RAM: Bond downgrades could rise in 2020, but most rated credits holding up

Published on 26 Mar 2020.

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RAM Ratings has released its latest annual Corporate Default and Rating Transition Study. The study provides an update on the credit performance of RAM’s portfolio through end-2019 and updated to 1Q 2020, amid the rapid spread of Covid-19. 

GDP growth was expectedly more moderate y-o-y in 2019, coming in at 4.3% (2018: 4.7%) owing to global headwinds. While some respite had initially seemed within reach for 2020, the world was turned upside-down by the pandemic of unprecedented magnitude. The collapse of crude oil prices to all-time lows in the wake of a breakdown in the OPEC+ agreement further aggravated the challenging situation. 

At the time of writing, many governments have implemented lockdowns and aggressively rolled out mitigating measures, cut rates, launched emergency funding programmes and other fiscal and financial relief initiatives in all-out drastic efforts to alleviate the adverse impact of Covid-19. On the home front, the Movement Control Order has been extended to a full month until mid-April 2020 and Bank Negara Malaysia had cut the Overnight Policy Rate twice to 2.5% as at March 2020, besides instituting an extensive automatic 6-month moratorium on loan repayments affecting over 70% of Malaysian banks’ loan book and other supportive measures.

Given the unprecedented nature of the pandemic, it is difficult for anyone to estimate with much certainty the full impact on the economy. As each crisis in the past – and certainly this pandemic – has had different root causes, it is difficult to draw parallels between them. In reviewing the impact of this pandemic on RAM’s portfolio and our macroeconomic forecasts, we look to the fundamental strength of issuers and our economy and the headroom available to them to absorb the significant stress. 

Although the rating drift (i.e. upgrades net of downgrades and defaults) ended 2019 on a positive note, it may be inevitable to see more downgrades in view of the extraordinarily challenging period ahead – which would turn the rating drift negative in 2020. During the Global Financial Crisis (GFC) in 2008/09, up to 10% of the portfolio suffered downgrades with an average quantum of two notches. Whereas during the 1998/99 Asian Financial Crisis, when the Malaysian economy contracted by about 7%, 60% of our portfolio suffered downgrades averaging three notches. That said, the structure of the Malaysian corporate bond market and the financial profile of issuers are substantially different now, with better credits and corporates that are less leveraged and have minimal offshore borrowings. 

While most businesses will be affected to some extent, sectors that are more vulnerable include the tourism, leisure & hospitality, aviation, retail and oil & gas sectors. The impact on individual companies will depend on their reserves, liquidity and financial flexibility. Our latest preliminary assessment (as at 24 March 2020) affirms that the bulk of RAM’s rated portfolio (80% of which are rated AAA and AA) is likely to have the capacity to meet debt obligations due to sufficient liquidity and/or financial flexibility. Less than 6% is considered at high risk of immediate credit pressure; these entities are mainly directly exposed to the hard-hit tourism and leisure sector. Meanwhile 44% are assessed to be stable, with minimal impact on their ratings. That said, this may not necessarily further preclude higher negative rating actions this year, which may be necessary in the event of a deep and prolonged downturn beyond 2H 2020.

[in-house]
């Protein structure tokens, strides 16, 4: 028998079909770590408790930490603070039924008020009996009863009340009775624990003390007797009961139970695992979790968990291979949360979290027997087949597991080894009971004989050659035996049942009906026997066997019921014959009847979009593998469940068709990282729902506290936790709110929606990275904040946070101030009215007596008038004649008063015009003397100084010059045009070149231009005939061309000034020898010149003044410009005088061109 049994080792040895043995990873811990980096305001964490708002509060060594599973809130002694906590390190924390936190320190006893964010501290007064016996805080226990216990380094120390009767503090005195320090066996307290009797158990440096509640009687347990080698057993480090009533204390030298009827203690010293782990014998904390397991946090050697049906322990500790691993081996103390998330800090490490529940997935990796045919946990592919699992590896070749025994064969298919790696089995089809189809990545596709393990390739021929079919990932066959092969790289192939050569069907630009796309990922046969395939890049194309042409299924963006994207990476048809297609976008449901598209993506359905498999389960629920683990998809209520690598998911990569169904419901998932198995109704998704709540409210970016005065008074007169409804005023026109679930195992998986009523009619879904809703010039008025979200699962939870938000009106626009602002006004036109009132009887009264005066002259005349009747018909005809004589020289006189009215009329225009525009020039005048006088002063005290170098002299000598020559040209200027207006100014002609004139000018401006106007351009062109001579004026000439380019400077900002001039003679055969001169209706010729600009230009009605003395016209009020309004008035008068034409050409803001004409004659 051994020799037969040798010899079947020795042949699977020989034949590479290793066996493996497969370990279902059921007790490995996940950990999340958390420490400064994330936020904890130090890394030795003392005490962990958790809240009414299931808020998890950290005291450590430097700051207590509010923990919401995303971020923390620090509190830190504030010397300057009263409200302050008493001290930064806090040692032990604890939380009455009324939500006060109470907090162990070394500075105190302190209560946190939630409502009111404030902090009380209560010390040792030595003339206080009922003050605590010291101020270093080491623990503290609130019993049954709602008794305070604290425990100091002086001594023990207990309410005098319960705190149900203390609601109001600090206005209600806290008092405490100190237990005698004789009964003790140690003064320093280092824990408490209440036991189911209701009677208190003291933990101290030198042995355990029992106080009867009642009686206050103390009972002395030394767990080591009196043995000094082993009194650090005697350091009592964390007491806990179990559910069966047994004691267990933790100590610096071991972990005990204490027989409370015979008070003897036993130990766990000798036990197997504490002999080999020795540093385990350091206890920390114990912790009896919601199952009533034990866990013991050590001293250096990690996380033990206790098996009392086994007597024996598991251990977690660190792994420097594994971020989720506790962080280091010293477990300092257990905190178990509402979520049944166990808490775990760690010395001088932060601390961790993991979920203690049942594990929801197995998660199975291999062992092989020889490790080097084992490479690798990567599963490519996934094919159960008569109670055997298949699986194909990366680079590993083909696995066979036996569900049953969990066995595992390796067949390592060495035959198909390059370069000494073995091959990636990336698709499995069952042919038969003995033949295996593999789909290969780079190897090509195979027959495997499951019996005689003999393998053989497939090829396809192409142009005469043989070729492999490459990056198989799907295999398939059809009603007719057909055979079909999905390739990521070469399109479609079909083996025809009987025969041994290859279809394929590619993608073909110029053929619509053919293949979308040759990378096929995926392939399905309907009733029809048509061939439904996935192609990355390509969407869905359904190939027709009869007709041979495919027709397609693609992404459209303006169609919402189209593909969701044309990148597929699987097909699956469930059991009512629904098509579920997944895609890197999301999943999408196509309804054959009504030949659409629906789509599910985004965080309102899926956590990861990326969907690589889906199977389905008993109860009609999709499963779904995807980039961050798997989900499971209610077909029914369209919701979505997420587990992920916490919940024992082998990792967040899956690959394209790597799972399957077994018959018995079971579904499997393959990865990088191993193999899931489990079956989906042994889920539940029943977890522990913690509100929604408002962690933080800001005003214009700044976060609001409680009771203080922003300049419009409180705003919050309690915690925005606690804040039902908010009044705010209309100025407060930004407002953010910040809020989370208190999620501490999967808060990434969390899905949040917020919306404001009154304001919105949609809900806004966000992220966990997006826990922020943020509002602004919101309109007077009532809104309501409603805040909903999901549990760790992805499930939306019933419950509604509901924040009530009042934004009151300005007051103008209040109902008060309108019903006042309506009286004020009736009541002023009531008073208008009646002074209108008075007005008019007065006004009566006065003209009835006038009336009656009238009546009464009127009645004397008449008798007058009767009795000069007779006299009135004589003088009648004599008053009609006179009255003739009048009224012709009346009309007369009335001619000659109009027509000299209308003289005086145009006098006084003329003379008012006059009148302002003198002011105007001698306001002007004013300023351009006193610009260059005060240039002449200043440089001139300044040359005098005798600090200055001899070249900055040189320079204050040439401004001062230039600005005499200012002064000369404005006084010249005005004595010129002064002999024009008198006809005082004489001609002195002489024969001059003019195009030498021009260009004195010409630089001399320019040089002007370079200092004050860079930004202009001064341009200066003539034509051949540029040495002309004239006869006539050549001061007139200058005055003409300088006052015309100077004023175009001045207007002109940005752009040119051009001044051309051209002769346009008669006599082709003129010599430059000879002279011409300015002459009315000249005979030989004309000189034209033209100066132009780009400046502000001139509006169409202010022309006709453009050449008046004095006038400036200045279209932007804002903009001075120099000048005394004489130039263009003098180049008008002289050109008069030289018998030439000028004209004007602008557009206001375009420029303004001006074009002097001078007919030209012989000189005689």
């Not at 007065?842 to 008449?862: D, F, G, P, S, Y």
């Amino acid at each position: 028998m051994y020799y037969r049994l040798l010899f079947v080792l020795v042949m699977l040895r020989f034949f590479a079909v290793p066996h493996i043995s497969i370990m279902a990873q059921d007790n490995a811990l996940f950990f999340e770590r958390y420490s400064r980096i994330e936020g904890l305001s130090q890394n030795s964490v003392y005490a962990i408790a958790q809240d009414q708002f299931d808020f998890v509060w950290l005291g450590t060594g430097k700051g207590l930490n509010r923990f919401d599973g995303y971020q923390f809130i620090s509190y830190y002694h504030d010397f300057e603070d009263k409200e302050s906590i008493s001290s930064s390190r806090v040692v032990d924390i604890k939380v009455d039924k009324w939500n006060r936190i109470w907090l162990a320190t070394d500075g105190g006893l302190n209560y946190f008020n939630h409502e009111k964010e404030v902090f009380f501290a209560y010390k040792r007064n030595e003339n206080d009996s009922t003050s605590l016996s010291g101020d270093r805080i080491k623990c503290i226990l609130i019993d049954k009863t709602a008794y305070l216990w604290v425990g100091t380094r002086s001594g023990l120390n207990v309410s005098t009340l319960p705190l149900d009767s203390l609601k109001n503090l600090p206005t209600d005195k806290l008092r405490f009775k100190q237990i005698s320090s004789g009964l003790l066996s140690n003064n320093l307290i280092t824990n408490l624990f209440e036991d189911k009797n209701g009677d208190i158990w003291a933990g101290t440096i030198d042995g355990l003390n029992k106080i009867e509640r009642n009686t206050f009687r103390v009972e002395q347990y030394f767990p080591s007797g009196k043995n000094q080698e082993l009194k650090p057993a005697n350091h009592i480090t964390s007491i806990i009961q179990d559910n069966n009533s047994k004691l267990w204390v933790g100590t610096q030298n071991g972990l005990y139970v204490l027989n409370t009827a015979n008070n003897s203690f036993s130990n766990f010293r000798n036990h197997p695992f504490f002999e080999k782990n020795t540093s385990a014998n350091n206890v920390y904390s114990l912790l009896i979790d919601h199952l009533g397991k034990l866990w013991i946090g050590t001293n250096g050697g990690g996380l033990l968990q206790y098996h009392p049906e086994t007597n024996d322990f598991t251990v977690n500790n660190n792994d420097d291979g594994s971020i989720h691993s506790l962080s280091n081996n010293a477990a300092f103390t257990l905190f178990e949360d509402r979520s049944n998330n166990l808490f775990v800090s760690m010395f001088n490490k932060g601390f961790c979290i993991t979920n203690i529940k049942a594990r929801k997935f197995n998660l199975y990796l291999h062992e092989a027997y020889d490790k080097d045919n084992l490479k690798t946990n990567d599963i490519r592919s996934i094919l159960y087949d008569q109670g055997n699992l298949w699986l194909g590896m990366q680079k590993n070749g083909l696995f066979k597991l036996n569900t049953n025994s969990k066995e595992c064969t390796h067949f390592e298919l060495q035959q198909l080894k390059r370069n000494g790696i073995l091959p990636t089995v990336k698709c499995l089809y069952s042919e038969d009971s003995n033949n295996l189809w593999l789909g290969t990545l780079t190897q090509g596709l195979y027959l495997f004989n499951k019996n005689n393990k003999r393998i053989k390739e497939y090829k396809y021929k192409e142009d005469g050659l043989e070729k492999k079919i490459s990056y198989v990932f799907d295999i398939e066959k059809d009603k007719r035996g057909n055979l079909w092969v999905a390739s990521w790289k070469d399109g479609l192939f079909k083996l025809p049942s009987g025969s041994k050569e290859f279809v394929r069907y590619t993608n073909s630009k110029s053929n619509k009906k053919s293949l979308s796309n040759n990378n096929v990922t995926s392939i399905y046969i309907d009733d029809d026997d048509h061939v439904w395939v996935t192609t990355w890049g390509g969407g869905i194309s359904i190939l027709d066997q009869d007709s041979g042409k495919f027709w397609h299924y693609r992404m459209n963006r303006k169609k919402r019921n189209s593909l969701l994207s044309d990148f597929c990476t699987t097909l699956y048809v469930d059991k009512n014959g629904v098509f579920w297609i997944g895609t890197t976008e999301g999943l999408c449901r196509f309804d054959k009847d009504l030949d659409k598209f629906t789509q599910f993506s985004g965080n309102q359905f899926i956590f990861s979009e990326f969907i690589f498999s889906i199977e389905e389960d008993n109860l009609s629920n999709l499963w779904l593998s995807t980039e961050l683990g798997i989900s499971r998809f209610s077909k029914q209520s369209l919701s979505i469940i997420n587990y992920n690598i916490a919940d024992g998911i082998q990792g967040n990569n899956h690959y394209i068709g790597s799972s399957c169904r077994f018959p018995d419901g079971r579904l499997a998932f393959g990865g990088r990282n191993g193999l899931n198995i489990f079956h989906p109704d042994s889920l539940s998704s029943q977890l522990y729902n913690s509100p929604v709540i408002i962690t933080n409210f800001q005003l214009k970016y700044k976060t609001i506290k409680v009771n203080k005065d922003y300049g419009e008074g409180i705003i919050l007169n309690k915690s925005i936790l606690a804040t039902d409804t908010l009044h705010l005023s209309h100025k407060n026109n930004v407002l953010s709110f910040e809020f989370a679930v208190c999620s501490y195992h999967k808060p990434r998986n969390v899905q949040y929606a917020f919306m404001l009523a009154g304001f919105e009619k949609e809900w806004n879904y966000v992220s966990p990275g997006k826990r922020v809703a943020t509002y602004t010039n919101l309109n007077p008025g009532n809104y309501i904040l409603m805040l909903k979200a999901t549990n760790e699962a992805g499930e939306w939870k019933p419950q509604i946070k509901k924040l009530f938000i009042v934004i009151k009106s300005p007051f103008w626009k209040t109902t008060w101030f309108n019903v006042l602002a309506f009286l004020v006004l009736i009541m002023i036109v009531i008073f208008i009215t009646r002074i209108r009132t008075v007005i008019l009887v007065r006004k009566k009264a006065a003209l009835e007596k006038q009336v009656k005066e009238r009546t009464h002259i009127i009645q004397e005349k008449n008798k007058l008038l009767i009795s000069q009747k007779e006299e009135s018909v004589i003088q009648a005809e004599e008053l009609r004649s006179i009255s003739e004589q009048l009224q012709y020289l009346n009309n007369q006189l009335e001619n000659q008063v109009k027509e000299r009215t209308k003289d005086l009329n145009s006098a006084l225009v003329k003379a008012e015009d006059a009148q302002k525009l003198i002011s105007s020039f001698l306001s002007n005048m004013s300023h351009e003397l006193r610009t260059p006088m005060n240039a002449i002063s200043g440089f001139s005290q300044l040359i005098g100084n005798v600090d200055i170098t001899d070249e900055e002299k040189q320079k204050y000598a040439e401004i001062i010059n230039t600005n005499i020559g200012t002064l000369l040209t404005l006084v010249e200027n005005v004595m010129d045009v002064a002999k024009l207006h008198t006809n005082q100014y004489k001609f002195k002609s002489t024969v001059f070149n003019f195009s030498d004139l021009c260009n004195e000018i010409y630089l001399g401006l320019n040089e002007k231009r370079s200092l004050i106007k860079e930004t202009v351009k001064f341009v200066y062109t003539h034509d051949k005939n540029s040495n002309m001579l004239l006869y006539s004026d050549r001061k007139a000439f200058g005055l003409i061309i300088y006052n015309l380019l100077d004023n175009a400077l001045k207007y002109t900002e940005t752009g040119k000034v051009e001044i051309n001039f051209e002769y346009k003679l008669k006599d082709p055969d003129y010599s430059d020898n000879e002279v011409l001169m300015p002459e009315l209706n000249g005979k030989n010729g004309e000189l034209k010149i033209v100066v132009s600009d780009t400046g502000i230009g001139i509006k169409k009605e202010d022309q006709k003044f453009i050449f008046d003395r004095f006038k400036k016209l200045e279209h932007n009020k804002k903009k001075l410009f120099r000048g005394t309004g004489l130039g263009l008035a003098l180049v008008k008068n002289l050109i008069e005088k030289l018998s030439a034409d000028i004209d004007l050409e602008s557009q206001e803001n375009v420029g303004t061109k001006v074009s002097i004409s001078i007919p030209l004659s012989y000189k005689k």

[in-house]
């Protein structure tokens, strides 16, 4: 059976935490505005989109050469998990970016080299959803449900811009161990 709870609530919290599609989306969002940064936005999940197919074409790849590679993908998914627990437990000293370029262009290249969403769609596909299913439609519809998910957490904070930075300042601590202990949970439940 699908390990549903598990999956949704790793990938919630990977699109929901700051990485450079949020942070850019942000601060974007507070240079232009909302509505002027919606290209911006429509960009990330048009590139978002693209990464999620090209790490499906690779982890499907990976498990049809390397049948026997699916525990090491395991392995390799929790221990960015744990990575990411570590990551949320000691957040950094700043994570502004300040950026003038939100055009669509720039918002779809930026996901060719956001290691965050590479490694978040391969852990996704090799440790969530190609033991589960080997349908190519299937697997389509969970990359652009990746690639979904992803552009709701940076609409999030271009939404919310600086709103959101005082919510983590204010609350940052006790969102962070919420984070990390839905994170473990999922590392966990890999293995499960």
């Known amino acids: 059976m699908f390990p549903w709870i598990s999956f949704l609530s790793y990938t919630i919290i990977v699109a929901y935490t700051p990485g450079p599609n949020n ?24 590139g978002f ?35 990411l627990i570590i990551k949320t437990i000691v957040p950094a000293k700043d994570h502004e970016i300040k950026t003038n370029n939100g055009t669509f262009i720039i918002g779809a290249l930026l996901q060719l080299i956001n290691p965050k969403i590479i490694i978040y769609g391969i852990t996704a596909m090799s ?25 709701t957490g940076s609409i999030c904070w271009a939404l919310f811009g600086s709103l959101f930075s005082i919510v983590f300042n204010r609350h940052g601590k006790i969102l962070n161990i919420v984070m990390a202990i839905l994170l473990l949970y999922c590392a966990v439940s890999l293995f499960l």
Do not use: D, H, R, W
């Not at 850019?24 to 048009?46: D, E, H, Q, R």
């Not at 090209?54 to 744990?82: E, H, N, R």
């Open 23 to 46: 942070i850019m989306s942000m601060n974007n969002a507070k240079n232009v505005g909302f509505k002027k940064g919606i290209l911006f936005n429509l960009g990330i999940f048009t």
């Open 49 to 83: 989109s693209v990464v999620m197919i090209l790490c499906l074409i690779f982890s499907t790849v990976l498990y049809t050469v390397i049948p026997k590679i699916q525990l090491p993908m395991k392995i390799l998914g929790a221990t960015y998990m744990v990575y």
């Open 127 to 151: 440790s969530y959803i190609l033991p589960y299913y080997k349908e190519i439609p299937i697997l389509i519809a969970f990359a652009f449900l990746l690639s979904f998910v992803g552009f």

In our latest iteration of a ‘worst-case’ scenario that all entities rated non-investment-grade (BB and lower) in our portfolio (of which there are fewer than 15) were to concurrently default, the default rate would be around 7%. As a comparison, RAM’s current default rate stands at 0.6% while the peak default rate observed during the GFC was around 1.6%. Even if this scenario were to pan out, however, investor losses may be limited as all but two of the rated non-investment-grade issuers in our portfolio are Danajamin- or bank-guaranteed, or are supported by entities rated at least AA1. 

Given that the situation remains fluid at this juncture, we are maintaining a very close watch on our rated portfolio and will provide relevant updates to the market from time to time.


Analytical contacts
Julie Ng
(603) 3385 2595

Chuan Shyang Lin
(603) 3385 2536

Media contact
Padthma Subbiah
(603) 3385 2577


About RAM Rating Services Berhad (RAM Ratings)

Established in 1990, RAM Ratings is a leading credit rating agency registered under the Securities Commission’s Guidelines on Registration of Credit Rating Agencies, 2011. In addition to the provision of credit ratings for corporate bonds and sukuk and their issuers, RAM Ratings also provides research and publications on Islamic finance, fixed income and macro-economic and industry analysis as well as data analytics relating to credit risk, counterparty assessments and other related domains. 


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Publication Date Published Category
2019 Corporate Default and Rating Transition 26-Mar-2020 Default Study View PDF